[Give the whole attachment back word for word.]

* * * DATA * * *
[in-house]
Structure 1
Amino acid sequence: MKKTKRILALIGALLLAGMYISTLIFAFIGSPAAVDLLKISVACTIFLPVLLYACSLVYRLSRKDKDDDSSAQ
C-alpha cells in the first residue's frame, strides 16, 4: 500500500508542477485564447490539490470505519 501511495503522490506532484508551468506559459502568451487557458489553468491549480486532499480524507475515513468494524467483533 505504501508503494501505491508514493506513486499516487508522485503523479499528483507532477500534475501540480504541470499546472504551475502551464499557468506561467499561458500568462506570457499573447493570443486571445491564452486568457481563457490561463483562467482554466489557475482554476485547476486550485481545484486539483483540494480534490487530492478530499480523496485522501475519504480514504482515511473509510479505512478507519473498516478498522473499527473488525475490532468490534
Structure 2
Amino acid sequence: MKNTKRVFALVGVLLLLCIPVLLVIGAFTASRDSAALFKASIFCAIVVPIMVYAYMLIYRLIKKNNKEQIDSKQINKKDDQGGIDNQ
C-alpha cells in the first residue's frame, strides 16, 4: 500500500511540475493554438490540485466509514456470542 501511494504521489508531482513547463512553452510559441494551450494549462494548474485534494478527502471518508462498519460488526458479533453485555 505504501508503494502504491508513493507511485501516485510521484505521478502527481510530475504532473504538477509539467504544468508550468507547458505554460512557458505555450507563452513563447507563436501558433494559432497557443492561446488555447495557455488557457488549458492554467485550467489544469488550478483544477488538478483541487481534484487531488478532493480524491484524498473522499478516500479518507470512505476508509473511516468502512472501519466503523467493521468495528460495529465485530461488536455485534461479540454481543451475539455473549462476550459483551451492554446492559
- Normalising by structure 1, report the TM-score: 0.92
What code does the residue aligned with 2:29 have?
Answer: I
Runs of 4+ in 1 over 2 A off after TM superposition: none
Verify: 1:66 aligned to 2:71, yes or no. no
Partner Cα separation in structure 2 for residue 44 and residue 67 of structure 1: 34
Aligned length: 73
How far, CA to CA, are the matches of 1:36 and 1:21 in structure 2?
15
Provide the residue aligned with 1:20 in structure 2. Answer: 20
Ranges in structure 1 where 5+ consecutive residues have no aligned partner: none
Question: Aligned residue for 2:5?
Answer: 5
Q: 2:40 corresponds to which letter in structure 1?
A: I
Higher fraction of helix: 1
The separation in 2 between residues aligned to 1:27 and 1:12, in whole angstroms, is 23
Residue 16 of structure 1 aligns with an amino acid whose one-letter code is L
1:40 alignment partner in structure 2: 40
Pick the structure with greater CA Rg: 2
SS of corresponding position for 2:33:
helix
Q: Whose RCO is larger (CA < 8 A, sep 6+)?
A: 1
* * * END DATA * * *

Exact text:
[in-house]
Structure 1
Amino acid sequence: MKKTKRILALIGALLLAGMYISTLIFAFIGSPAAVDLLKISVACTIFLPVLLYACSLVYRLSRKDKDDDSSAQ
C-alpha cells in the first residue's frame, strides 16, 4: 500500500508542477485564447490539490470505519 501511495503522490506532484508551468506559459502568451487557458489553468491549480486532499480524507475515513468494524467483533 505504501508503494501505491508514493506513486499516487508522485503523479499528483507532477500534475501540480504541470499546472504551475502551464499557468506561467499561458500568462506570457499573447493570443486571445491564452486568457481563457490561463483562467482554466489557475482554476485547476486550485481545484486539483483540494480534490487530492478530499480523496485522501475519504480514504482515511473509510479505512478507519473498516478498522473499527473488525475490532468490534
Structure 2
Amino acid sequence: MKNTKRVFALVGVLLLLCIPVLLVIGAFTASRDSAALFKASIFCAIVVPIMVYAYMLIYRLIKKNNKEQIDSKQINKKDDQGGIDNQ
C-alpha cells in the first residue's frame, strides 16, 4: 500500500511540475493554438490540485466509514456470542 501511494504521489508531482513547463512553452510559441494551450494549462494548474485534494478527502471518508462498519460488526458479533453485555 505504501508503494502504491508513493507511485501516485510521484505521478502527481510530475504532473504538477509539467504544468508550468507547458505554460512557458505555450507563452513563447507563436501558433494559432497557443492561446488555447495557455488557457488549458492554467485550467489544469488550478483544477488538478483541487481534484487531488478532493480524491484524498473522499478516500479518507470512505476508509473511516468502512472501519466503523467493521468495528460495529465485530461488536455485534461479540454481543451475539455473549462476550459483551451492554446492559
- Normalising by structure 1, report the TM-score: 0.92
What code does the residue aligned with 2:29 have?
Answer: I
Runs of 4+ in 1 over 2 A off after TM superposition: none
Verify: 1:66 aligned to 2:71, yes or no. no
Partner Cα separation in structure 2 for residue 44 and residue 67 of structure 1: 34
Aligned length: 73
How far, CA to CA, are the matches of 1:36 and 1:21 in structure 2?
15
Provide the residue aligned with 1:20 in structure 2. Answer: 20
Ranges in structure 1 where 5+ consecutive residues have no aligned partner: none
Question: Aligned residue for 2:5?
Answer: 5
Q: 2:40 corresponds to which letter in structure 1?
A: I
Higher fraction of helix: 1
The separation in 2 between residues aligned to 1:27 and 1:12, in whole angstroms, is 23
Residue 16 of structure 1 aligns with an amino acid whose one-letter code is L
1:40 alignment partner in structure 2: 40
Pick the structure with greater CA Rg: 2
SS of corresponding position for 2:33:
helix
Q: Whose RCO is larger (CA < 8 A, sep 6+)?
A: 1